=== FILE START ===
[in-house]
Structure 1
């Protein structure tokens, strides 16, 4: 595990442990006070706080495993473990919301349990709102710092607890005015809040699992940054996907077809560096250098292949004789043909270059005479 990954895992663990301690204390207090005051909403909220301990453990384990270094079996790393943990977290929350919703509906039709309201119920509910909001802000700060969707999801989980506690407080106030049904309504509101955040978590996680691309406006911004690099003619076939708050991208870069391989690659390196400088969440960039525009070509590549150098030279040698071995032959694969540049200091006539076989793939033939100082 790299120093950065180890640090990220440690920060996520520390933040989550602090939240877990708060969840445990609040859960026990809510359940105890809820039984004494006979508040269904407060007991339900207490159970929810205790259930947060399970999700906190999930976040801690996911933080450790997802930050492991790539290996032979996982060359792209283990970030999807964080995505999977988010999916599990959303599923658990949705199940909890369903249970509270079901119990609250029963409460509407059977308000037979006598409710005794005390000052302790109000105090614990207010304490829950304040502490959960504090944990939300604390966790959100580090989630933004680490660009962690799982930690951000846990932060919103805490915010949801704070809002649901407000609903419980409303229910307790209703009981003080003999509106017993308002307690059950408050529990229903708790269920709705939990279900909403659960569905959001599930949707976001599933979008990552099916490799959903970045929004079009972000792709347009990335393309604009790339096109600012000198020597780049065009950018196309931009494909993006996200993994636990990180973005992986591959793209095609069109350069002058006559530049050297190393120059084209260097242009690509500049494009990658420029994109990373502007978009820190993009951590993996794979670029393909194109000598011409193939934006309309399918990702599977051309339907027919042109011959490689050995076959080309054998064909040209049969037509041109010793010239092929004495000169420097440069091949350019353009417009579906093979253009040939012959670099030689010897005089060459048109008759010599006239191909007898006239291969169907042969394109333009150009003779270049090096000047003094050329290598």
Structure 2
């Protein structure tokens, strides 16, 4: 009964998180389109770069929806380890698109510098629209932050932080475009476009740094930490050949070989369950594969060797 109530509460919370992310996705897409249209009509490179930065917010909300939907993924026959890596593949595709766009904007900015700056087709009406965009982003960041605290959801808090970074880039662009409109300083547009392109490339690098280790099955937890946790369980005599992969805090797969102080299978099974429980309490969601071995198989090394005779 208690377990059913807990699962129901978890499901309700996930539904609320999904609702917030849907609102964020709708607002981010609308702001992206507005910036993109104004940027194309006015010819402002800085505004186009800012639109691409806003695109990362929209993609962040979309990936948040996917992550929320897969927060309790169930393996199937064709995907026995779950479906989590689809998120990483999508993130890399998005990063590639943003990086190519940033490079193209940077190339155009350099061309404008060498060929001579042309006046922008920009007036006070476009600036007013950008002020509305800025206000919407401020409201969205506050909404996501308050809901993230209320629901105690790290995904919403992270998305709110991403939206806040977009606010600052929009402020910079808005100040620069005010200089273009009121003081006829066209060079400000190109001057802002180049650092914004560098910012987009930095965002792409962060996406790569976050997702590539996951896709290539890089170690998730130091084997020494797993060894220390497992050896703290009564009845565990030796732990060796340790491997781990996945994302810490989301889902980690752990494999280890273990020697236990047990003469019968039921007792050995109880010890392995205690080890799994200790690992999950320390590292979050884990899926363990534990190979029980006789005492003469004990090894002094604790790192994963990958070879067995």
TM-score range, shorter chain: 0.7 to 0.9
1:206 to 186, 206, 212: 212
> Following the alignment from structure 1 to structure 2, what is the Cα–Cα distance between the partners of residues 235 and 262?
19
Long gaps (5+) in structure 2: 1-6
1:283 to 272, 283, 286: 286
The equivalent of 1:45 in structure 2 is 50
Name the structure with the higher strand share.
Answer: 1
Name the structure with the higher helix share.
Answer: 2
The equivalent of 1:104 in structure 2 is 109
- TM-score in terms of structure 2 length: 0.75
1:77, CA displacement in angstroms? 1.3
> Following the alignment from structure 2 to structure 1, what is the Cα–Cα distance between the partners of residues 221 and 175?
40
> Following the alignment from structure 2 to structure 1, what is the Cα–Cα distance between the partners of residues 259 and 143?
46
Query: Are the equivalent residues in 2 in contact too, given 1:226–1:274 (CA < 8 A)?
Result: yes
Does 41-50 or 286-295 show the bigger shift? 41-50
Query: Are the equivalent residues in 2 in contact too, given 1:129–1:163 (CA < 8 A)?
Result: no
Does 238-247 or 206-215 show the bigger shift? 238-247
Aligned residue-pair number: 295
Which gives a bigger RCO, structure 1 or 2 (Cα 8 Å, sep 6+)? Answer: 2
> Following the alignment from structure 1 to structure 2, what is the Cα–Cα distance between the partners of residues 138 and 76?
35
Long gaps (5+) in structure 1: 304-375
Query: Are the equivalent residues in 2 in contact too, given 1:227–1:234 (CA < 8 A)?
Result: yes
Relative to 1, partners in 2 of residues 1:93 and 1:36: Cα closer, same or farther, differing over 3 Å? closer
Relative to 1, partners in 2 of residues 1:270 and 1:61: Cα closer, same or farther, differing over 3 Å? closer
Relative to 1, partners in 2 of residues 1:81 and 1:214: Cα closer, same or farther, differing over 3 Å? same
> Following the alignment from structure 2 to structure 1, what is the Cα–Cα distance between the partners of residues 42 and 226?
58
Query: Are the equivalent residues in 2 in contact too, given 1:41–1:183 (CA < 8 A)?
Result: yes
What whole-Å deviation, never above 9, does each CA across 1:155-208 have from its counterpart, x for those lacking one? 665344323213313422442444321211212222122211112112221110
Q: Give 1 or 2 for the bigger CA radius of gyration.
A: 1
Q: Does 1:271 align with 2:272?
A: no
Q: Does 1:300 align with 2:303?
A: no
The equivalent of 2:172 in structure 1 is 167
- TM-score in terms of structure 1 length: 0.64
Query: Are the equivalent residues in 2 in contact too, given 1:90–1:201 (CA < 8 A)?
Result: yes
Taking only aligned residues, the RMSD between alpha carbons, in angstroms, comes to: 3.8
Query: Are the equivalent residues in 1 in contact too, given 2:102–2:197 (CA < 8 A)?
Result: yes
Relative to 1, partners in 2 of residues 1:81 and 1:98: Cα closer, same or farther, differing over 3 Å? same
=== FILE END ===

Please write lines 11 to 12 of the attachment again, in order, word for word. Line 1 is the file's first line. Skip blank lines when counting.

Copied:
1:283 to 272, 283, 286: 286
The equivalent of 1:45 in structure 2 is 50